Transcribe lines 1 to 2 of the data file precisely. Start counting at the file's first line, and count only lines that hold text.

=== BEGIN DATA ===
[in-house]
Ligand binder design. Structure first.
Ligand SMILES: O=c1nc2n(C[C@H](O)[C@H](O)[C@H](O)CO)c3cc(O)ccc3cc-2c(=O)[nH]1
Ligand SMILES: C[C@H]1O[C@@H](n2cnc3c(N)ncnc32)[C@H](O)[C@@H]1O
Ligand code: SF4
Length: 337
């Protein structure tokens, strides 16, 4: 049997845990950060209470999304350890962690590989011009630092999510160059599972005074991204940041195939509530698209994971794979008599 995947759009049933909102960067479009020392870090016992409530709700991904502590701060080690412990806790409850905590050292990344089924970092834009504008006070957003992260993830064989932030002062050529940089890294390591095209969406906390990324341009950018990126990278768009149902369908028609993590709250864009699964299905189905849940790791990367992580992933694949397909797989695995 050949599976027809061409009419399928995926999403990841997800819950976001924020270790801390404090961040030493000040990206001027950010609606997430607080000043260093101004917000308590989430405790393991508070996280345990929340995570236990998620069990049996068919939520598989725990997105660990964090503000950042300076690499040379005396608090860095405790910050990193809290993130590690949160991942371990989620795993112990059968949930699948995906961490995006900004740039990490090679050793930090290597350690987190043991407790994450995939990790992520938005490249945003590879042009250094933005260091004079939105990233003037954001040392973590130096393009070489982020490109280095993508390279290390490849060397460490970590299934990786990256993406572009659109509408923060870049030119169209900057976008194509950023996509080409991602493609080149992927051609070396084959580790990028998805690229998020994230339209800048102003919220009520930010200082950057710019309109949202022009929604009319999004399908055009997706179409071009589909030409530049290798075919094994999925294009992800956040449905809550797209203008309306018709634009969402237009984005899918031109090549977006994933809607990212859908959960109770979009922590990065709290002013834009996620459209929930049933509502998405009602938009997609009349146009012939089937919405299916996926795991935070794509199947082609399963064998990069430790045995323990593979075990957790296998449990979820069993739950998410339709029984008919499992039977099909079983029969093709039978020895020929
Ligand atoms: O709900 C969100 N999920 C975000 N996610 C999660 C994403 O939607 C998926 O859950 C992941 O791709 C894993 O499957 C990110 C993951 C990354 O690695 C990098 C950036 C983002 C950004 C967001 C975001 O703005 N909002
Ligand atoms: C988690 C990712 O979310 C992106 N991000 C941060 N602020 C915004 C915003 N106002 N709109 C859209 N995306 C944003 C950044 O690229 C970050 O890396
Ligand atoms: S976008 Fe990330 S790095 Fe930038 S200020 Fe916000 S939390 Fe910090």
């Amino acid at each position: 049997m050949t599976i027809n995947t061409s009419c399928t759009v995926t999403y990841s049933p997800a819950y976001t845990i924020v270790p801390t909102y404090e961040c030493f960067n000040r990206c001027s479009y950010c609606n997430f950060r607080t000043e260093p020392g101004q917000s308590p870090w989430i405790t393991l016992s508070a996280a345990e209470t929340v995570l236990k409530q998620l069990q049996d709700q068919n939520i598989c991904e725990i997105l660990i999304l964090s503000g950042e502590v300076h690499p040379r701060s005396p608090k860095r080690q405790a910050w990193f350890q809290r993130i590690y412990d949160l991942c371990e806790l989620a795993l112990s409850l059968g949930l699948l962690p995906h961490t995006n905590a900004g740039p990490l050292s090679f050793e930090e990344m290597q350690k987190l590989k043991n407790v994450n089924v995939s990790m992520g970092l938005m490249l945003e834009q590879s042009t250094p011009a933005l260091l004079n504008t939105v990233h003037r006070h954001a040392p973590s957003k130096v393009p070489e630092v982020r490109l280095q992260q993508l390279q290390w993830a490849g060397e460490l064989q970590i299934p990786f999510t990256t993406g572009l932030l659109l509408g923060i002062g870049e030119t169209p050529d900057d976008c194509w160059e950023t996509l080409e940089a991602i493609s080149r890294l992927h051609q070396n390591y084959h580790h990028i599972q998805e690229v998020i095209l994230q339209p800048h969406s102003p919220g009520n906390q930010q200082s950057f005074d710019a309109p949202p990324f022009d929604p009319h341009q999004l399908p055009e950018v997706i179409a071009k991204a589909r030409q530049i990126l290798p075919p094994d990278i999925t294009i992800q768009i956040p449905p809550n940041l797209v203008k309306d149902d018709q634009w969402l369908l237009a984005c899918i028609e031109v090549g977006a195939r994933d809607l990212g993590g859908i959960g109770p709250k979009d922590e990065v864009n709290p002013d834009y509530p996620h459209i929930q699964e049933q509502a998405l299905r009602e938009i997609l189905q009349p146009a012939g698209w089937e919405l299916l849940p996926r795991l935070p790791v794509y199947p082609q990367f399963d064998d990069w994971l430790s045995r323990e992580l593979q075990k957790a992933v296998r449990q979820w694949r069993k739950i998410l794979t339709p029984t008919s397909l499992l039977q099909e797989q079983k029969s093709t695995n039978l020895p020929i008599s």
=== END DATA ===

[in-house]
Ligand binder design. Structure first.